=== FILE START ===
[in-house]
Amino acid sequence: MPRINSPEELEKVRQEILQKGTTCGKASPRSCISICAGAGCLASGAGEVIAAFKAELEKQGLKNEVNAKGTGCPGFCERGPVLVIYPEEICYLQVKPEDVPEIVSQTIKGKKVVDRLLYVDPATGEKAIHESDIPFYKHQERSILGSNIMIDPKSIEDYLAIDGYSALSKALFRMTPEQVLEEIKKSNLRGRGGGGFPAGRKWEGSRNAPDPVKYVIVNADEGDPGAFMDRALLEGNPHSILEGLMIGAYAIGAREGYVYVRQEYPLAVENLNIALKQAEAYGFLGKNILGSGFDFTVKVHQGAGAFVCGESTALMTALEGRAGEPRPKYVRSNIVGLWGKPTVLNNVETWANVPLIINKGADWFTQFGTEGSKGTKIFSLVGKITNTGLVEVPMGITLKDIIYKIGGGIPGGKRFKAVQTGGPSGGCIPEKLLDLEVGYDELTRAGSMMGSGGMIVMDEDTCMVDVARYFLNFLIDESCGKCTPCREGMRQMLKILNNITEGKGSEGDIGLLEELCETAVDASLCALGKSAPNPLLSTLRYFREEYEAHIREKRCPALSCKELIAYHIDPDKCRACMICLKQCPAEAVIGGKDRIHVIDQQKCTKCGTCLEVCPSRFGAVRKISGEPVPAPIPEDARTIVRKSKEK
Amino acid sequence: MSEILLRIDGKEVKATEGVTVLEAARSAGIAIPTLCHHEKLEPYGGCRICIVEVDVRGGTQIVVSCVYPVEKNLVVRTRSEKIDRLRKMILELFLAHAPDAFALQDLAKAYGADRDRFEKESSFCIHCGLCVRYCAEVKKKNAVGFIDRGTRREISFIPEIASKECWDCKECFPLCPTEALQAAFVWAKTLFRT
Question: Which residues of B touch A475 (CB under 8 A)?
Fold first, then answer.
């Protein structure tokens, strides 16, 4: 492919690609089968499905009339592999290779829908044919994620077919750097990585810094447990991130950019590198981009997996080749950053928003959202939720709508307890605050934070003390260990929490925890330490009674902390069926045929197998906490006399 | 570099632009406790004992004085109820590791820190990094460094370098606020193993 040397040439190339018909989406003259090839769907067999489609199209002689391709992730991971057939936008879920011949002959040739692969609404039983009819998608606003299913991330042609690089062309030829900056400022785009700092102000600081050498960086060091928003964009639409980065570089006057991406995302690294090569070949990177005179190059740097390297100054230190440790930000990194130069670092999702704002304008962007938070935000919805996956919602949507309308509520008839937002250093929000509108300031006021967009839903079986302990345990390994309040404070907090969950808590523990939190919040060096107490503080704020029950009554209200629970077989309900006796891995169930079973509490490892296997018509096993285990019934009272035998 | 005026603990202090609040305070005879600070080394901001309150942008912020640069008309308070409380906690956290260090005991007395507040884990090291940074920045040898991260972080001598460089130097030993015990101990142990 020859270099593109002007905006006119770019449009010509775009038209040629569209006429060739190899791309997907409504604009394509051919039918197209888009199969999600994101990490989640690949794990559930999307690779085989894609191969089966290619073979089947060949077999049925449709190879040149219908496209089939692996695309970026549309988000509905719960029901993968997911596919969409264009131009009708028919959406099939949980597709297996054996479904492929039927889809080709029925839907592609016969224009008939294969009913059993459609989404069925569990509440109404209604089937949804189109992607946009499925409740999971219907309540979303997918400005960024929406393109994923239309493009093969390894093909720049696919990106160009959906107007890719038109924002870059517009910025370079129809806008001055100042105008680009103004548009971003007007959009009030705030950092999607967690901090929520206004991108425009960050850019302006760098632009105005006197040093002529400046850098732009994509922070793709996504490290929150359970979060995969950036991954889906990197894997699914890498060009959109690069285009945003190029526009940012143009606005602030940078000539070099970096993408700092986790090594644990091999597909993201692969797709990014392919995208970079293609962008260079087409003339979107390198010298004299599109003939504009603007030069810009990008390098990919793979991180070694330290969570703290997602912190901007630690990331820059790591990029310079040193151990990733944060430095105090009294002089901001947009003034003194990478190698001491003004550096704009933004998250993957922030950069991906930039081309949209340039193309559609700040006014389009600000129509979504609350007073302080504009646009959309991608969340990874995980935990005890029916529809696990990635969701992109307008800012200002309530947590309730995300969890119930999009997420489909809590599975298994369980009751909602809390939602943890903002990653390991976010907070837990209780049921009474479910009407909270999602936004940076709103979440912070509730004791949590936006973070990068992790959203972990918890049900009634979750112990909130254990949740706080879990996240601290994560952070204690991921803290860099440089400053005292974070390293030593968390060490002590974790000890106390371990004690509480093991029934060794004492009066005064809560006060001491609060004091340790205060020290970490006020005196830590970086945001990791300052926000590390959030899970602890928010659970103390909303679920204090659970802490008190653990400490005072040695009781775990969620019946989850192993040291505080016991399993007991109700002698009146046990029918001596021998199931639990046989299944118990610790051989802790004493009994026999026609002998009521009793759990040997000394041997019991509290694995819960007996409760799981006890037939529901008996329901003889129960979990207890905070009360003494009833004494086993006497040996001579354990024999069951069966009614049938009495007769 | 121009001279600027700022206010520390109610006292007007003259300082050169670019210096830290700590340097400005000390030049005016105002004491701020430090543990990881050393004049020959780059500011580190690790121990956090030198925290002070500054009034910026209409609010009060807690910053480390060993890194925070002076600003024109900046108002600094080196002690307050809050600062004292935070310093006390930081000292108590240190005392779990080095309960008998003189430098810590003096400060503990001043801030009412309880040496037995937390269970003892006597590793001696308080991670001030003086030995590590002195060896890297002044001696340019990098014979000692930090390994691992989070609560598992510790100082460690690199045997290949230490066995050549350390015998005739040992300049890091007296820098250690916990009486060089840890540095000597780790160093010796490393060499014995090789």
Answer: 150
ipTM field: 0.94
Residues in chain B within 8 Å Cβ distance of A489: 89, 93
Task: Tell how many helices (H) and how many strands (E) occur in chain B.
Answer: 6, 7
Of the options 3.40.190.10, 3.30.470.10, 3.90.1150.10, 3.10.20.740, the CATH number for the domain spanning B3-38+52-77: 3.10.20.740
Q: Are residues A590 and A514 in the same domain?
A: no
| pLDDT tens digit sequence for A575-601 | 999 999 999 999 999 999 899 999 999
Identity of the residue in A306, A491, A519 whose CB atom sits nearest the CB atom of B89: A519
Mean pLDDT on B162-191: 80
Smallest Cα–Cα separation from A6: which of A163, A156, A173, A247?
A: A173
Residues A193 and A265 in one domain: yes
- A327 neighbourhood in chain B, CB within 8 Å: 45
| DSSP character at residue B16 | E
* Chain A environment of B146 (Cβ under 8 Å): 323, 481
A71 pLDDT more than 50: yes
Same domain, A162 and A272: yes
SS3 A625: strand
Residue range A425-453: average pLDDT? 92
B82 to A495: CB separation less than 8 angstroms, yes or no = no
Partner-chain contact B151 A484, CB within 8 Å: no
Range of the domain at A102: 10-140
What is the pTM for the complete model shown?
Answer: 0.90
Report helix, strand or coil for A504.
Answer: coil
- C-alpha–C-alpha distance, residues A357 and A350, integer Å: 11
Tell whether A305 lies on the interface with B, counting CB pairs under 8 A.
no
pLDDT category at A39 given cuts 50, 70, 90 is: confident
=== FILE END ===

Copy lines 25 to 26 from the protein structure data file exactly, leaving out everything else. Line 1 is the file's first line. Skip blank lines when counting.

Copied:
Same domain, A162 and A272: yes
SS3 A625: strand